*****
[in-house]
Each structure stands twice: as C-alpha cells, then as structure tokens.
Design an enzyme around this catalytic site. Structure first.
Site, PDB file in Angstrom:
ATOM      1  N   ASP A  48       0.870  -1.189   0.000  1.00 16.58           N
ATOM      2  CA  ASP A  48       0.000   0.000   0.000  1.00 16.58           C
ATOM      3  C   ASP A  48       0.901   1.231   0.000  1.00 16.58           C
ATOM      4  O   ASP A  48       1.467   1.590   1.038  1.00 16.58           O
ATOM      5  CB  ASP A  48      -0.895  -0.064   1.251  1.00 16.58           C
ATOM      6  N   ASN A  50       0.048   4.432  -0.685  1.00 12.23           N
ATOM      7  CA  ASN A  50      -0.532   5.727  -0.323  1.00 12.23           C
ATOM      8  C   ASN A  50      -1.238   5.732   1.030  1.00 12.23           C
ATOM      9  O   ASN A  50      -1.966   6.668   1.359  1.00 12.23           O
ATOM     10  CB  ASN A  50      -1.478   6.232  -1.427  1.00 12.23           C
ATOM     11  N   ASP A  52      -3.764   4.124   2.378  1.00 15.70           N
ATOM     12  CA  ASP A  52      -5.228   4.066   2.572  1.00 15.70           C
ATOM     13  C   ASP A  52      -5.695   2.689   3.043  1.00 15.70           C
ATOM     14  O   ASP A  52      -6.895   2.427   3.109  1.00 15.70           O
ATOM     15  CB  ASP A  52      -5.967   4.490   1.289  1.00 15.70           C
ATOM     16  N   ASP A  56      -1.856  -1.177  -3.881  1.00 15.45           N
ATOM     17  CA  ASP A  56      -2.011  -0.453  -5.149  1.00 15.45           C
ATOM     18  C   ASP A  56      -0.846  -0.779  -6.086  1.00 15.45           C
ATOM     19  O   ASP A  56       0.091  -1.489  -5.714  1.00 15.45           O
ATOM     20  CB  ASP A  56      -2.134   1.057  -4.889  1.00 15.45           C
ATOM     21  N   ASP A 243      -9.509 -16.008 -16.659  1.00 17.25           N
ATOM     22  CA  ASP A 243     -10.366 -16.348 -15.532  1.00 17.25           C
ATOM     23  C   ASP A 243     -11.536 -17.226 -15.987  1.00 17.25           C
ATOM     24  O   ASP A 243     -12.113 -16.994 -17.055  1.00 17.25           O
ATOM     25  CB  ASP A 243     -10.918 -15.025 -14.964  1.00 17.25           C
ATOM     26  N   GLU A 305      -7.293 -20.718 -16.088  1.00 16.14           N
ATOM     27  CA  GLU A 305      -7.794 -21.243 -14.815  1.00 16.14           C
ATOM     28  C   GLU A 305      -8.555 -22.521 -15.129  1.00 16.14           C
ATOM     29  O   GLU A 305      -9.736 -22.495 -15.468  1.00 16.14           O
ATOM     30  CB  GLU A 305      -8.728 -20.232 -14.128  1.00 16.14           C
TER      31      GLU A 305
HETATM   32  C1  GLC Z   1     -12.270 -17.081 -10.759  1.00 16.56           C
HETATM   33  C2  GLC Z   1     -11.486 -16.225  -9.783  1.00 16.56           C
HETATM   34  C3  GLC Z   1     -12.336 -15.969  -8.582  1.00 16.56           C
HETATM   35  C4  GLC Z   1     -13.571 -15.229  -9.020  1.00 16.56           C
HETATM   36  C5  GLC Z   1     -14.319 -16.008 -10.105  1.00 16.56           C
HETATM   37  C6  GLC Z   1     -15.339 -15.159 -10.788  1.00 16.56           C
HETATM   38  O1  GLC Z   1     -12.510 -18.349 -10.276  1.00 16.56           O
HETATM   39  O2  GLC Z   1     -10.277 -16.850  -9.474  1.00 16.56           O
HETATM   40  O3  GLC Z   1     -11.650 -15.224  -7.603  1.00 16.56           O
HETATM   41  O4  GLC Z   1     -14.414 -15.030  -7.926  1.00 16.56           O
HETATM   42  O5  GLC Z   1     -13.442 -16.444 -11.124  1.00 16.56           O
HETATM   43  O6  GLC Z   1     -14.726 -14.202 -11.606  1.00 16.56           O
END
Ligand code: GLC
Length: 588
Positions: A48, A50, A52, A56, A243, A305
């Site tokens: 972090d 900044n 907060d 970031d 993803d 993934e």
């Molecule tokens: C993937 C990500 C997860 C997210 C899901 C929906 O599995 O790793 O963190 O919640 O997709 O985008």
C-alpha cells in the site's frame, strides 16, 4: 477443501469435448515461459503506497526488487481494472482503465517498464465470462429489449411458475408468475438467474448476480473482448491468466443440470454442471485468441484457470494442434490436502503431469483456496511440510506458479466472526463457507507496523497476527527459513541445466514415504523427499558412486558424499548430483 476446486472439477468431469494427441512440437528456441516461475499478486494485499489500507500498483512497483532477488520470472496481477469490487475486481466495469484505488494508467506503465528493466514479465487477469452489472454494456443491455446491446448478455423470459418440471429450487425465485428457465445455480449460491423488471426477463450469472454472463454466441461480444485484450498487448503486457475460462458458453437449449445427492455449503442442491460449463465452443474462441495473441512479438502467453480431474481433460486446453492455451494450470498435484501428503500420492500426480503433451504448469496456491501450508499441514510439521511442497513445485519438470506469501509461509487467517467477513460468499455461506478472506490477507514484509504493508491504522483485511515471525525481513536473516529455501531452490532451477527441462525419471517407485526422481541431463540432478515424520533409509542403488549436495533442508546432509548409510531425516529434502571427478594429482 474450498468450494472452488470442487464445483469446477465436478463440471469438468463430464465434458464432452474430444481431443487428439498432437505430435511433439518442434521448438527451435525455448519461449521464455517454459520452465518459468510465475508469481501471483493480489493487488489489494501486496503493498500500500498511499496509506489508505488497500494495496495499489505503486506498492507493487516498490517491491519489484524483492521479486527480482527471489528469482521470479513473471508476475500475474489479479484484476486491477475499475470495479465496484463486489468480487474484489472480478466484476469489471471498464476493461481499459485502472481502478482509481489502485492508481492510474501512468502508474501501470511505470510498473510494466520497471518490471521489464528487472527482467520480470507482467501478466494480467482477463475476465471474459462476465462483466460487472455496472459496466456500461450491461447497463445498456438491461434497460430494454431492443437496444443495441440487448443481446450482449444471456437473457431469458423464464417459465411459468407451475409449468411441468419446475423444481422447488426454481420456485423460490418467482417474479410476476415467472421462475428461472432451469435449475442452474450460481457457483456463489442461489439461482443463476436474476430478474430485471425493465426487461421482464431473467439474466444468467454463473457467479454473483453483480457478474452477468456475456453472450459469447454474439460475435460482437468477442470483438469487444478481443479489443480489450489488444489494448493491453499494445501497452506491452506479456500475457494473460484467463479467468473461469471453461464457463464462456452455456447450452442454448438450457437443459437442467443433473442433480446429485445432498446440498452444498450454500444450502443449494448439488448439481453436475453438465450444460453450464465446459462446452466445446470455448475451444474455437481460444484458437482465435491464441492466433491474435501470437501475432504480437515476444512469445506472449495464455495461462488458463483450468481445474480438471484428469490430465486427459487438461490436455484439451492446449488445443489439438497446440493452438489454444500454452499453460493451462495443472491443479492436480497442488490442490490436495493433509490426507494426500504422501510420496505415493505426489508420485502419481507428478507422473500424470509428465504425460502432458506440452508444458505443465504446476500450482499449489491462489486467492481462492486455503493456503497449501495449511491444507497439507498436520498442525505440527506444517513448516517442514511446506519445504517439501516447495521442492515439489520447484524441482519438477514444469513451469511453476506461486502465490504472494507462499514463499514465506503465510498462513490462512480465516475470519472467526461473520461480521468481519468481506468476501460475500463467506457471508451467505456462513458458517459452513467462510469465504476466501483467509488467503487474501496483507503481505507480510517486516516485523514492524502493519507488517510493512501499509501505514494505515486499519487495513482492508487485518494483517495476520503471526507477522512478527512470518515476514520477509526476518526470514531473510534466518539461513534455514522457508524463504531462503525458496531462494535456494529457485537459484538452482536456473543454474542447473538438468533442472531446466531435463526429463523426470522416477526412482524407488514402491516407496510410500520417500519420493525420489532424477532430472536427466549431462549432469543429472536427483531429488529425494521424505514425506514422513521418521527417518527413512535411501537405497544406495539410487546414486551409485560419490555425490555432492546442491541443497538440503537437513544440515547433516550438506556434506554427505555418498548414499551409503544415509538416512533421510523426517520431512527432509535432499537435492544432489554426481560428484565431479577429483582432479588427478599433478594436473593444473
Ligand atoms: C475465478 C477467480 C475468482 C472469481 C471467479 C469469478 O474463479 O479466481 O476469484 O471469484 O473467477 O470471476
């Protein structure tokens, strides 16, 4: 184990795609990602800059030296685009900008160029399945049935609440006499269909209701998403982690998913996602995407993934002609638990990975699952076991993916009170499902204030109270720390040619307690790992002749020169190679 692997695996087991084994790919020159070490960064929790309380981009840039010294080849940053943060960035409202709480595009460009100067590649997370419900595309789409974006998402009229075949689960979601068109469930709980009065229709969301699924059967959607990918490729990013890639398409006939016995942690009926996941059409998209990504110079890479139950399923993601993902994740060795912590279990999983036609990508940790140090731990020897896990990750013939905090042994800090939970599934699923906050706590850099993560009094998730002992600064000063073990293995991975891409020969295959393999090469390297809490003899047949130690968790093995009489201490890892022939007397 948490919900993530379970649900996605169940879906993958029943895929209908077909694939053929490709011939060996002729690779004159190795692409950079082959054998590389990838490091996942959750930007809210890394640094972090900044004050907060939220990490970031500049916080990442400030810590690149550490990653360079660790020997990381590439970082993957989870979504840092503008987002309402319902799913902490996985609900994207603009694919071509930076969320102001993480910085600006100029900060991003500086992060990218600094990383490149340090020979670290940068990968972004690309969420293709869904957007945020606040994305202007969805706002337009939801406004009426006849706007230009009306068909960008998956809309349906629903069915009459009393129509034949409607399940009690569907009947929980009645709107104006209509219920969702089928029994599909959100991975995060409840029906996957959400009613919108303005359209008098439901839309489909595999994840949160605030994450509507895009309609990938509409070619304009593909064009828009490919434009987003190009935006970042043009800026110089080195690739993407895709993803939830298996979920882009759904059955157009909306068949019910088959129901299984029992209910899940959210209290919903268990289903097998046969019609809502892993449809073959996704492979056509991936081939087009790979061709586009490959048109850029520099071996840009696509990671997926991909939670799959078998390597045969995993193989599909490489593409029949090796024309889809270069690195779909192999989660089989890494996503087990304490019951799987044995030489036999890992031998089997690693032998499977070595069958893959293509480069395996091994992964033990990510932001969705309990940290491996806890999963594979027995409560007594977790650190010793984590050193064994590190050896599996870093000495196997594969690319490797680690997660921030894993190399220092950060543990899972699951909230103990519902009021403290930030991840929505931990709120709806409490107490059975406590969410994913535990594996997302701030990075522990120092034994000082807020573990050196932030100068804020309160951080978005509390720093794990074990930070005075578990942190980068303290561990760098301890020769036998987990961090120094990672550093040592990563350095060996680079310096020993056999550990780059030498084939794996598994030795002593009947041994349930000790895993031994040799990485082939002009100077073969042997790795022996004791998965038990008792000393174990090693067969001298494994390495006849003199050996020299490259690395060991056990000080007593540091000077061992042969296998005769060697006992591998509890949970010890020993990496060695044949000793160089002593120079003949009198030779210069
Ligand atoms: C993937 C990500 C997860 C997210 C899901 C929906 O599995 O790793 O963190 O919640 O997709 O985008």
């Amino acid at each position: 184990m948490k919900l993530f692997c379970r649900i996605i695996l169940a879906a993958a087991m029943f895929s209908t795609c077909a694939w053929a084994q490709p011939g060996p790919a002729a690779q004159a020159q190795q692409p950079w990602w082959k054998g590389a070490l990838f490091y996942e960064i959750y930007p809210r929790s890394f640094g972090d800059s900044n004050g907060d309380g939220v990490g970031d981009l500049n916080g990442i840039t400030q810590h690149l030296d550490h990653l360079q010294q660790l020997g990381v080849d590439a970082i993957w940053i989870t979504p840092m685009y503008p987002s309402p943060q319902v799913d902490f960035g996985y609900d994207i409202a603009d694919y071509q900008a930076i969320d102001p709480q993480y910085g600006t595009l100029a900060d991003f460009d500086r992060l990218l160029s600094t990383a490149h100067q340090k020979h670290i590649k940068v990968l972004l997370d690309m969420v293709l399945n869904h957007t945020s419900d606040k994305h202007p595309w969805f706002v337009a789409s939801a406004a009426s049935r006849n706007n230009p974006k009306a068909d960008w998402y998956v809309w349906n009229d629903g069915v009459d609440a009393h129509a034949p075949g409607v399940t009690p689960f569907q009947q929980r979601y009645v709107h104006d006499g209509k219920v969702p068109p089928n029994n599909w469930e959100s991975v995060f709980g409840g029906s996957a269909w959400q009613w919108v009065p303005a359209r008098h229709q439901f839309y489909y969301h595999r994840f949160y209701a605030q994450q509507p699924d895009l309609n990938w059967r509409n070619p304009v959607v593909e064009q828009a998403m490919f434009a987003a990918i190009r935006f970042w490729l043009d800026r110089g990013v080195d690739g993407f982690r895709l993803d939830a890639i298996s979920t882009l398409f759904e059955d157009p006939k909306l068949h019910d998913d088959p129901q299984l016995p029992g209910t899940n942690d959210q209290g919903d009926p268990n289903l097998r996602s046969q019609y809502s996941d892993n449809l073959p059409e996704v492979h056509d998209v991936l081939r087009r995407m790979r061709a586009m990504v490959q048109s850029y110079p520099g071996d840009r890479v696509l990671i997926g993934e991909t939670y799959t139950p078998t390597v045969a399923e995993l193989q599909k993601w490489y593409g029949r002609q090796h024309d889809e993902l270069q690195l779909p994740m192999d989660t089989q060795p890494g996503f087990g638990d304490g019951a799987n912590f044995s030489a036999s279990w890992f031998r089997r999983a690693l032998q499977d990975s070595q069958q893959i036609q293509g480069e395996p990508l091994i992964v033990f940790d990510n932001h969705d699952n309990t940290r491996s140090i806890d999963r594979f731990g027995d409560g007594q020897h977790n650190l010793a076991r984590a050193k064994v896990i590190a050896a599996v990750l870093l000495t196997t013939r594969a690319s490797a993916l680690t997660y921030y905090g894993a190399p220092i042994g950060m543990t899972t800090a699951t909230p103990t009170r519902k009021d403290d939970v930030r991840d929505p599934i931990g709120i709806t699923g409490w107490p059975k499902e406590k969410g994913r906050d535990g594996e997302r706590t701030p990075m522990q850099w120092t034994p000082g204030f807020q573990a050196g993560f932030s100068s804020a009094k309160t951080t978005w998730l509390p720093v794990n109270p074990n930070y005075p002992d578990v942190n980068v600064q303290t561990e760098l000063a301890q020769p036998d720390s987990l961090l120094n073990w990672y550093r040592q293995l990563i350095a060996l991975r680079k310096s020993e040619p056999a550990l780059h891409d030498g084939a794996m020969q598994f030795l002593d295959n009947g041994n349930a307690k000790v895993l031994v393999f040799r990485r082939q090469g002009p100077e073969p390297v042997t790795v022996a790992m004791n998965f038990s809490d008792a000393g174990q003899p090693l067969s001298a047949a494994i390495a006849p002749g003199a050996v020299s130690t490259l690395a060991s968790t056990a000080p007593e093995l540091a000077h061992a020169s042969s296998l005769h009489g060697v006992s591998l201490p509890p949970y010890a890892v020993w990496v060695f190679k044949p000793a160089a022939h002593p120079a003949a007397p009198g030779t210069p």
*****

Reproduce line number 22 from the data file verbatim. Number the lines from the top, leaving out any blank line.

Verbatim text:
ATOM     18  C   ASP A  56      -0.846  -0.779  -6.086  1.00 15.45           C